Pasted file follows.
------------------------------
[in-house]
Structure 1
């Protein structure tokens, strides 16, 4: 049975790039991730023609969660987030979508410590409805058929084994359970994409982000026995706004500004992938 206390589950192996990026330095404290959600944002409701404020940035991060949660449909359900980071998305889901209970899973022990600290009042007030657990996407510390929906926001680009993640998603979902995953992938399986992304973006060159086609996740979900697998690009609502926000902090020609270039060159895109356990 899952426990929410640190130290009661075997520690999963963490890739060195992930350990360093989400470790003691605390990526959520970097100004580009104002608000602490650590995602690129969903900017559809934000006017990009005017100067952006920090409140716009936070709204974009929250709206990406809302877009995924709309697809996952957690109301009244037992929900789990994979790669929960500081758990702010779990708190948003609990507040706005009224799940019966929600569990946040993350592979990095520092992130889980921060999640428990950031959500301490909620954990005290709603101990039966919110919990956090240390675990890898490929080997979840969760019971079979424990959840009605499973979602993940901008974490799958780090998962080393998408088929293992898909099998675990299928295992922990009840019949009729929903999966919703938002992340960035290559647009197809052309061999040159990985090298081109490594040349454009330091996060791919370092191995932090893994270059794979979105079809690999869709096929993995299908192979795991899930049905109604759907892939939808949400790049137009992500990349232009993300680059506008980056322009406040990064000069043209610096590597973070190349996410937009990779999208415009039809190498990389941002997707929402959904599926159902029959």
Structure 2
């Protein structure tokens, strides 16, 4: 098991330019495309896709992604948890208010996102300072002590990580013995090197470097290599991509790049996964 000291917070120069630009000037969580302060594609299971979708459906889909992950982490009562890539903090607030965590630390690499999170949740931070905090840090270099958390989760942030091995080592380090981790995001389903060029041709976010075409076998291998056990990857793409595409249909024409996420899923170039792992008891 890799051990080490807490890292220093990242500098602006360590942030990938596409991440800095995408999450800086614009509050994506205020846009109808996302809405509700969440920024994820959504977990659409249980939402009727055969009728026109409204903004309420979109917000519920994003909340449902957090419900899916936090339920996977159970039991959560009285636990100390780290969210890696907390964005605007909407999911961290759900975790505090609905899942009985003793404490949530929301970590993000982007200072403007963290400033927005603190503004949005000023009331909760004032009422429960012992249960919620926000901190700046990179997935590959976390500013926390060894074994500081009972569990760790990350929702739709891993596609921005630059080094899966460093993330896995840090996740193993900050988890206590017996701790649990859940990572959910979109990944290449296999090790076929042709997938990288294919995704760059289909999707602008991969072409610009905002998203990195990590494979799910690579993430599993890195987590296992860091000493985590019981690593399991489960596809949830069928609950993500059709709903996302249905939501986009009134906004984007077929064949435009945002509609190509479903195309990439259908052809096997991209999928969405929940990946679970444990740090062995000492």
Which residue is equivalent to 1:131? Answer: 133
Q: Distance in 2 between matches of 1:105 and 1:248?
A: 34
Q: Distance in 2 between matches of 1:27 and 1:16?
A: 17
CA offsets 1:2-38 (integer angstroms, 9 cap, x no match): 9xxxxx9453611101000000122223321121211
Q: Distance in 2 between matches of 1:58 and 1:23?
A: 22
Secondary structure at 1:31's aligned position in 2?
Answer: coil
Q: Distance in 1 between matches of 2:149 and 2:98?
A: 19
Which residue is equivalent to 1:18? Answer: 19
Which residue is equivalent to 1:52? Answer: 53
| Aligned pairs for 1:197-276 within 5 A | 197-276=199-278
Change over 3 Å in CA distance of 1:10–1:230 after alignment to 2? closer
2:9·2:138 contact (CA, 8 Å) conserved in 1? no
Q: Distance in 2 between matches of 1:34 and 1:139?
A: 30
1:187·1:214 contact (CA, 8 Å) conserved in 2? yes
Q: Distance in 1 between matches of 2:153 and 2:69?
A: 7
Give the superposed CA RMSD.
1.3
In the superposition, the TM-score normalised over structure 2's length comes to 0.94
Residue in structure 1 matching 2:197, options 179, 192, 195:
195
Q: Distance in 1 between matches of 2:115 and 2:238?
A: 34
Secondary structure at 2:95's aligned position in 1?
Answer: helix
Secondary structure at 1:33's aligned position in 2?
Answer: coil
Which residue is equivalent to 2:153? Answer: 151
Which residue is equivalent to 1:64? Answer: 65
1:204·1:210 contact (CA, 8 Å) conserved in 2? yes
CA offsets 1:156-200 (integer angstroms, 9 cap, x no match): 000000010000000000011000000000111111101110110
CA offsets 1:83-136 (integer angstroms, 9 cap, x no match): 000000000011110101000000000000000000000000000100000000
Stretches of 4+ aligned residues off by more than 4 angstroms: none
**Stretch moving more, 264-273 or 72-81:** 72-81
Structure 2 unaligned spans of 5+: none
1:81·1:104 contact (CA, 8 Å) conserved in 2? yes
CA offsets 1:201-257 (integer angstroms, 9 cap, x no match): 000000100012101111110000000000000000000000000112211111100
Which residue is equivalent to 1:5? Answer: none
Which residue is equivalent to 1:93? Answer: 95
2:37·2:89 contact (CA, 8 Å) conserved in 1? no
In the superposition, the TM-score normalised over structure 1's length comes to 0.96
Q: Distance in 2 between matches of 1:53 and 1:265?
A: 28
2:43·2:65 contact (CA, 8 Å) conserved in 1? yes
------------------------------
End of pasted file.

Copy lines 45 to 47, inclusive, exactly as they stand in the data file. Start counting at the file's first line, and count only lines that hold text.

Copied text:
**Stretch moving more, 264-273 or 72-81:** 72-81
Structure 2 unaligned spans of 5+: none
1:81·1:104 contact (CA, 8 Å) conserved in 2? yes